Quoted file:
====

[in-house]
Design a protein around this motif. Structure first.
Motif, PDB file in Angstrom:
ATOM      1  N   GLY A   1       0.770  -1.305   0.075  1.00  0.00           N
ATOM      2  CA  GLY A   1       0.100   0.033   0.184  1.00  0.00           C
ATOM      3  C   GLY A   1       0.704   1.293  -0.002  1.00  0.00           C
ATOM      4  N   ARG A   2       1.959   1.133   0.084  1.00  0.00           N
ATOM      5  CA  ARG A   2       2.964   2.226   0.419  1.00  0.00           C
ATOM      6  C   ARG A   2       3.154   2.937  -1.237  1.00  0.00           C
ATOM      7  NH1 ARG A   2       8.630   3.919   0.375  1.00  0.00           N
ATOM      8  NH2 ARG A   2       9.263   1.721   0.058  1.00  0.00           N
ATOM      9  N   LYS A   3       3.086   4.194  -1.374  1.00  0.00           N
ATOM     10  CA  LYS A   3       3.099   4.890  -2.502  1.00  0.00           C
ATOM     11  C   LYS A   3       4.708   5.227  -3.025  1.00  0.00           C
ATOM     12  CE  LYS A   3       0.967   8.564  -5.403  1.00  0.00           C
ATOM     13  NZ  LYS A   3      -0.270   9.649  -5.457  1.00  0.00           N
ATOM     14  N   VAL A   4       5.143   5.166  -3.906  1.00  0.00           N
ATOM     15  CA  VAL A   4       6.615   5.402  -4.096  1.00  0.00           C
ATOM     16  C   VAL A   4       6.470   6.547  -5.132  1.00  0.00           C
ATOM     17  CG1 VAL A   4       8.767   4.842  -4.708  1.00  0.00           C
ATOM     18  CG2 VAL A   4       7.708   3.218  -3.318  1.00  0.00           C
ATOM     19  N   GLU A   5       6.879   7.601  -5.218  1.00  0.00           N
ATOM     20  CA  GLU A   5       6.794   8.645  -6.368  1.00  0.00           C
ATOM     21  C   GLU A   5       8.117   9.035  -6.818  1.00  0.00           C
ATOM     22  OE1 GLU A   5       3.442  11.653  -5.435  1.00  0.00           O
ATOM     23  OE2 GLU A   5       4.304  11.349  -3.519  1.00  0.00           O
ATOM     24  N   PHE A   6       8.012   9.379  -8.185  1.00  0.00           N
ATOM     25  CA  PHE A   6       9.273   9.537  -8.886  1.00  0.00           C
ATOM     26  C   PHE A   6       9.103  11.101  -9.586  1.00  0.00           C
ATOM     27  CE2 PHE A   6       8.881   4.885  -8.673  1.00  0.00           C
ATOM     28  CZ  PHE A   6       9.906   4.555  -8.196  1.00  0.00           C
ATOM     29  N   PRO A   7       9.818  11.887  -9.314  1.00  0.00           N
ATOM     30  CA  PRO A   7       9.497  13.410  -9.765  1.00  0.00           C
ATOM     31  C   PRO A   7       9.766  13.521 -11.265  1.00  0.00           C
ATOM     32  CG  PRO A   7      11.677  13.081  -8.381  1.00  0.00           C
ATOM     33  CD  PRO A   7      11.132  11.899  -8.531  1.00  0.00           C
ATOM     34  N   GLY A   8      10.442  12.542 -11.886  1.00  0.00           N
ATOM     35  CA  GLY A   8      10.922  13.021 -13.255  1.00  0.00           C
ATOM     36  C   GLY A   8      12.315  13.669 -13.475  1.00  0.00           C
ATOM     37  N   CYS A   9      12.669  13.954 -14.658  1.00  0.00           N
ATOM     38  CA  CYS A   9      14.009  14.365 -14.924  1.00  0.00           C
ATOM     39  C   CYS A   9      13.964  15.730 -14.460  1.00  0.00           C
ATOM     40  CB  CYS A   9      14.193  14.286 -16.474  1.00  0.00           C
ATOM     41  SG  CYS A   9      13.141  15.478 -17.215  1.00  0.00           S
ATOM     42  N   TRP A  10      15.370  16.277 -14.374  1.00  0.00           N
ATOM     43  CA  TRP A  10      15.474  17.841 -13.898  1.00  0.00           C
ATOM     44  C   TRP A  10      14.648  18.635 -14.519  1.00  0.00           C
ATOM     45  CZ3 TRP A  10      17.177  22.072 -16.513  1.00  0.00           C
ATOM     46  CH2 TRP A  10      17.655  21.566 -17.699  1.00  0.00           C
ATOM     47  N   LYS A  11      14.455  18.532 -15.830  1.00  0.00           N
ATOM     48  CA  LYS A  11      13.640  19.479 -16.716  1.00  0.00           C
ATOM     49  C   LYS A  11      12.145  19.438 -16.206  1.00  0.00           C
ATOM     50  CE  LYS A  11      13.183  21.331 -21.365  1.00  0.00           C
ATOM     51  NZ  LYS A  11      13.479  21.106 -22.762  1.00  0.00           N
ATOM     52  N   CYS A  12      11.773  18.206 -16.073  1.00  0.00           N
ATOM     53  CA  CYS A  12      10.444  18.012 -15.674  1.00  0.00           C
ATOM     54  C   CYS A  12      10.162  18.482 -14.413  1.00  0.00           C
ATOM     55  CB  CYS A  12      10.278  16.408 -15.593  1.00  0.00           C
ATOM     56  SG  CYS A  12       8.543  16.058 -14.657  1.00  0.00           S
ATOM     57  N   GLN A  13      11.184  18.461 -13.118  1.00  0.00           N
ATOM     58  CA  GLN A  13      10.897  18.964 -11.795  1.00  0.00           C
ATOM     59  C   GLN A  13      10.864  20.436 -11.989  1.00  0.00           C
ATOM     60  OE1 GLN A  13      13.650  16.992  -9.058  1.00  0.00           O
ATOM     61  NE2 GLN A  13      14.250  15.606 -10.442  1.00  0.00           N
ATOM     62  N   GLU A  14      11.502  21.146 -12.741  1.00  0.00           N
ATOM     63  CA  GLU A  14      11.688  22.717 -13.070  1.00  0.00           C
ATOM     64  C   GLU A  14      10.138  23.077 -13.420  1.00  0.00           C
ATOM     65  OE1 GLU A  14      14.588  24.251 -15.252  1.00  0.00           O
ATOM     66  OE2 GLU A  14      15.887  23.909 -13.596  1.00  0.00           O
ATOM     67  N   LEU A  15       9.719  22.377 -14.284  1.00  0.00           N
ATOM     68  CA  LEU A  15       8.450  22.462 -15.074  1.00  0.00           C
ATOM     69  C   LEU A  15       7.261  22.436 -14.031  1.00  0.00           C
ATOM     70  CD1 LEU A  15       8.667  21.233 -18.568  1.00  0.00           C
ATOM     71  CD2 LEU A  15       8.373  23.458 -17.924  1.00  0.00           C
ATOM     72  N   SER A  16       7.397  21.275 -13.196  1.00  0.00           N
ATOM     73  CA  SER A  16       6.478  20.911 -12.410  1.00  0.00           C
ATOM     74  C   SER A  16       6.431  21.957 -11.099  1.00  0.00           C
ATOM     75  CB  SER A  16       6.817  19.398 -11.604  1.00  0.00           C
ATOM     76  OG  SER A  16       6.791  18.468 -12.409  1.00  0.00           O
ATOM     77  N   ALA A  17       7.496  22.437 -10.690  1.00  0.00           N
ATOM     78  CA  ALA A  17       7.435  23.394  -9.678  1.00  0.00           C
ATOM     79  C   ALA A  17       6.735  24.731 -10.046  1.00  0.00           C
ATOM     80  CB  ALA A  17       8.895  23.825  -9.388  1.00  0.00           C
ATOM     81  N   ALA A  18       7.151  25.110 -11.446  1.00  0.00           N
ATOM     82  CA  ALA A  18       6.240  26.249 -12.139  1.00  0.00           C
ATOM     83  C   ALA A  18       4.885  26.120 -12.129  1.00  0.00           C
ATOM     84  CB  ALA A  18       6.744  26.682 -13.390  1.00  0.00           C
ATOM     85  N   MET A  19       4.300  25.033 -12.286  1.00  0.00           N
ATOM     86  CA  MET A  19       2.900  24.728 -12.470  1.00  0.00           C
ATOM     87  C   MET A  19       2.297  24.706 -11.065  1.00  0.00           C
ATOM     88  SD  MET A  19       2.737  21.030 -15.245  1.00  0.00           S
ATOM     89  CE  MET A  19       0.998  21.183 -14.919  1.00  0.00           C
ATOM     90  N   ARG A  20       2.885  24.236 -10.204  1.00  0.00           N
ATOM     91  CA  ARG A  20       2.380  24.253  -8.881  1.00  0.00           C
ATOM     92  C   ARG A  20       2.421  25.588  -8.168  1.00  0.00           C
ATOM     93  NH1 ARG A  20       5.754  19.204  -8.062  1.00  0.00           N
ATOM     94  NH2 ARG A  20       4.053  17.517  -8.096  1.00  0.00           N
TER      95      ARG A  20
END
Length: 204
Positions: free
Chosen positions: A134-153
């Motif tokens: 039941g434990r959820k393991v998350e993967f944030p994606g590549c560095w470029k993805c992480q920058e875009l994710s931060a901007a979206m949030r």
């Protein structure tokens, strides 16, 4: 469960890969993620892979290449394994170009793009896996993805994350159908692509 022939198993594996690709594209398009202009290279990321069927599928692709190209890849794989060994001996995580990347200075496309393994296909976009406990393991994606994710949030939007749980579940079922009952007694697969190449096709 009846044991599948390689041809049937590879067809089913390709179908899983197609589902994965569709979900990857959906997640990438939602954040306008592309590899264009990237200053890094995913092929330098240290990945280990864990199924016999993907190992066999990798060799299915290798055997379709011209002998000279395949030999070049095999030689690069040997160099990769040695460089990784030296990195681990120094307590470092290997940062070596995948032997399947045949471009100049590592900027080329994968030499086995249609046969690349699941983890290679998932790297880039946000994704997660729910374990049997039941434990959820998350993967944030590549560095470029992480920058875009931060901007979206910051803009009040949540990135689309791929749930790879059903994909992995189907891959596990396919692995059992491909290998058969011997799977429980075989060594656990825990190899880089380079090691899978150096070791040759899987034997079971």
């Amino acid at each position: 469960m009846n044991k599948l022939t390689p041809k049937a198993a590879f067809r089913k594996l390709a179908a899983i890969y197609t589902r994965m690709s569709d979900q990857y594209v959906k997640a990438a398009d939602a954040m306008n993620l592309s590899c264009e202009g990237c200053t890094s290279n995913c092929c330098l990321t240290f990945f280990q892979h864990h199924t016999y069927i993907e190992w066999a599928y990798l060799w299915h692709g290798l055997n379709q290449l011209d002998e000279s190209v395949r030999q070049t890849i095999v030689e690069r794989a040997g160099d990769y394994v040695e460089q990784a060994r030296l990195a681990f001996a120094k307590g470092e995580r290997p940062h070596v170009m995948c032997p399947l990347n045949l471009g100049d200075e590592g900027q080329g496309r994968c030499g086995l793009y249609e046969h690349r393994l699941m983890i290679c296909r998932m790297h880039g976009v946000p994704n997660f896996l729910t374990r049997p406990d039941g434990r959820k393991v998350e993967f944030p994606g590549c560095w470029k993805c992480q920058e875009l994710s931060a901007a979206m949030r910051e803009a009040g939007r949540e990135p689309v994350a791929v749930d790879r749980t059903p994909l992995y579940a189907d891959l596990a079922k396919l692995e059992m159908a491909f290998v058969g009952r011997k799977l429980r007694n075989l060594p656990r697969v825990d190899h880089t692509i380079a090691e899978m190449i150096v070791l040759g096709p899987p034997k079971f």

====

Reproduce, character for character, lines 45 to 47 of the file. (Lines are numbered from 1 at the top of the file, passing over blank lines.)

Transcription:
ATOM     42  N   TRP A  10      15.370  16.277 -14.374  1.00  0.00           N
ATOM     43  CA  TRP A  10      15.474  17.841 -13.898  1.00  0.00           C
ATOM     44  C   TRP A  10      14.648  18.635 -14.519  1.00  0.00           C